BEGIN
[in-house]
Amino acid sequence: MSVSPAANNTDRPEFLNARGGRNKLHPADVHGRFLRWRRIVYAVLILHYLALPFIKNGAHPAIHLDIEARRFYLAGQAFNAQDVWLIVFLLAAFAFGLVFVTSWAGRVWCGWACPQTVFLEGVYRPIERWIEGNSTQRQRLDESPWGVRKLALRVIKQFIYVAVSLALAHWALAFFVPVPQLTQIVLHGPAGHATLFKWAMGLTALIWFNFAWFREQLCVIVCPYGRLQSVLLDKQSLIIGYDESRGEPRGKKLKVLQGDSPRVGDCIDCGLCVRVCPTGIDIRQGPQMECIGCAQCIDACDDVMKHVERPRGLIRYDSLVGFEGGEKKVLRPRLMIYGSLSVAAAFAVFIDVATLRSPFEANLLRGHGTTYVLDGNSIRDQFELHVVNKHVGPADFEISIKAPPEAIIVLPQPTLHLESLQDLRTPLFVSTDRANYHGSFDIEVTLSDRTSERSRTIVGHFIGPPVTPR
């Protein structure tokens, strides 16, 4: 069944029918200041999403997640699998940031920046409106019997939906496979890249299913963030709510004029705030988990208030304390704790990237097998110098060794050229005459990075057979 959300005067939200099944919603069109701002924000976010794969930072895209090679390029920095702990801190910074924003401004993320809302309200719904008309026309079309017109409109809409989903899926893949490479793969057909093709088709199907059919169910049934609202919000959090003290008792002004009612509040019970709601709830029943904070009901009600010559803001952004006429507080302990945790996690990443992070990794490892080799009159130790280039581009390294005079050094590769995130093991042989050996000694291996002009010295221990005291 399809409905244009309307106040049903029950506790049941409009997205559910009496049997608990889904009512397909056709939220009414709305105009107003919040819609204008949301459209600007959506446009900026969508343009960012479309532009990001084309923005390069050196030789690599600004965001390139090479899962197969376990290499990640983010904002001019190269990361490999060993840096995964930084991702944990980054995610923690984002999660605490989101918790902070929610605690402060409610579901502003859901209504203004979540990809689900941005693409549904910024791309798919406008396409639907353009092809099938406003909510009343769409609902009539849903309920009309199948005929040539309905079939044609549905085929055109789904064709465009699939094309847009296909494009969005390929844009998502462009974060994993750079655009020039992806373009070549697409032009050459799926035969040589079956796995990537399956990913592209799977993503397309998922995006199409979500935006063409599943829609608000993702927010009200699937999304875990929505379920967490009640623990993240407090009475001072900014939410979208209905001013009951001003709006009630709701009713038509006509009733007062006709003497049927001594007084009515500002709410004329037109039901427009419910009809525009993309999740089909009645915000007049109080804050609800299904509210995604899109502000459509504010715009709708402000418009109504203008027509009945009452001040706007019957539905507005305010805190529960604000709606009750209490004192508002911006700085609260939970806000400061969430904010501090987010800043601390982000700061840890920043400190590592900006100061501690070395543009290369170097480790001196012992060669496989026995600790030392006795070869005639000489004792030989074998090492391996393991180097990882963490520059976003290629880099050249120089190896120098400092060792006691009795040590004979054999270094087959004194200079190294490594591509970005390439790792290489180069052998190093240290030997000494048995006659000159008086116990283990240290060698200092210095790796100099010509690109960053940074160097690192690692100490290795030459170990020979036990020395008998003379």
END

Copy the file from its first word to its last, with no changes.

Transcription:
[in-house]
Amino acid sequence: MSVSPAANNTDRPEFLNARGGRNKLHPADVHGRFLRWRRIVYAVLILHYLALPFIKNGAHPAIHLDIEARRFYLAGQAFNAQDVWLIVFLLAAFAFGLVFVTSWAGRVWCGWACPQTVFLEGVYRPIERWIEGNSTQRQRLDESPWGVRKLALRVIKQFIYVAVSLALAHWALAFFVPVPQLTQIVLHGPAGHATLFKWAMGLTALIWFNFAWFREQLCVIVCPYGRLQSVLLDKQSLIIGYDESRGEPRGKKLKVLQGDSPRVGDCIDCGLCVRVCPTGIDIRQGPQMECIGCAQCIDACDDVMKHVERPRGLIRYDSLVGFEGGEKKVLRPRLMIYGSLSVAAAFAVFIDVATLRSPFEANLLRGHGTTYVLDGNSIRDQFELHVVNKHVGPADFEISIKAPPEAIIVLPQPTLHLESLQDLRTPLFVSTDRANYHGSFDIEVTLSDRTSERSRTIVGHFIGPPVTPR
């Protein structure tokens, strides 16, 4: 069944029918200041999403997640699998940031920046409106019997939906496979890249299913963030709510004029705030988990208030304390704790990237097998110098060794050229005459990075057979 959300005067939200099944919603069109701002924000976010794969930072895209090679390029920095702990801190910074924003401004993320809302309200719904008309026309079309017109409109809409989903899926893949490479793969057909093709088709199907059919169910049934609202919000959090003290008792002004009612509040019970709601709830029943904070009901009600010559803001952004006429507080302990945790996690990443992070990794490892080799009159130790280039581009390294005079050094590769995130093991042989050996000694291996002009010295221990005291 399809409905244009309307106040049903029950506790049941409009997205559910009496049997608990889904009512397909056709939220009414709305105009107003919040819609204008949301459209600007959506446009900026969508343009960012479309532009990001084309923005390069050196030789690599600004965001390139090479899962197969376990290499990640983010904002001019190269990361490999060993840096995964930084991702944990980054995610923690984002999660605490989101918790902070929610605690402060409610579901502003859901209504203004979540990809689900941005693409549904910024791309798919406008396409639907353009092809099938406003909510009343769409609902009539849903309920009309199948005929040539309905079939044609549905085929055109789904064709465009699939094309847009296909494009969005390929844009998502462009974060994993750079655009020039992806373009070549697409032009050459799926035969040589079956796995990537399956990913592209799977993503397309998922995006199409979500935006063409599943829609608000993702927010009200699937999304875990929505379920967490009640623990993240407090009475001072900014939410979208209905001013009951001003709006009630709701009713038509006509009733007062006709003497049927001594007084009515500002709410004329037109039901427009419910009809525009993309999740089909009645915000007049109080804050609800299904509210995604899109502000459509504010715009709708402000418009109504203008027509009945009452001040706007019957539905507005305010805190529960604000709606009750209490004192508002911006700085609260939970806000400061969430904010501090987010800043601390982000700061840890920043400190590592900006100061501690070395543009290369170097480790001196012992060669496989026995600790030392006795070869005639000489004792030989074998090492391996393991180097990882963490520059976003290629880099050249120089190896120098400092060792006691009795040590004979054999270094087959004194200079190294490594591509970005390439790792290489180069052998190093240290030997000494048995006659000159008086116990283990240290060698200092210095790796100099010509690109960053940074160097690192690692100490290795030459170990020979036990020395008998003379």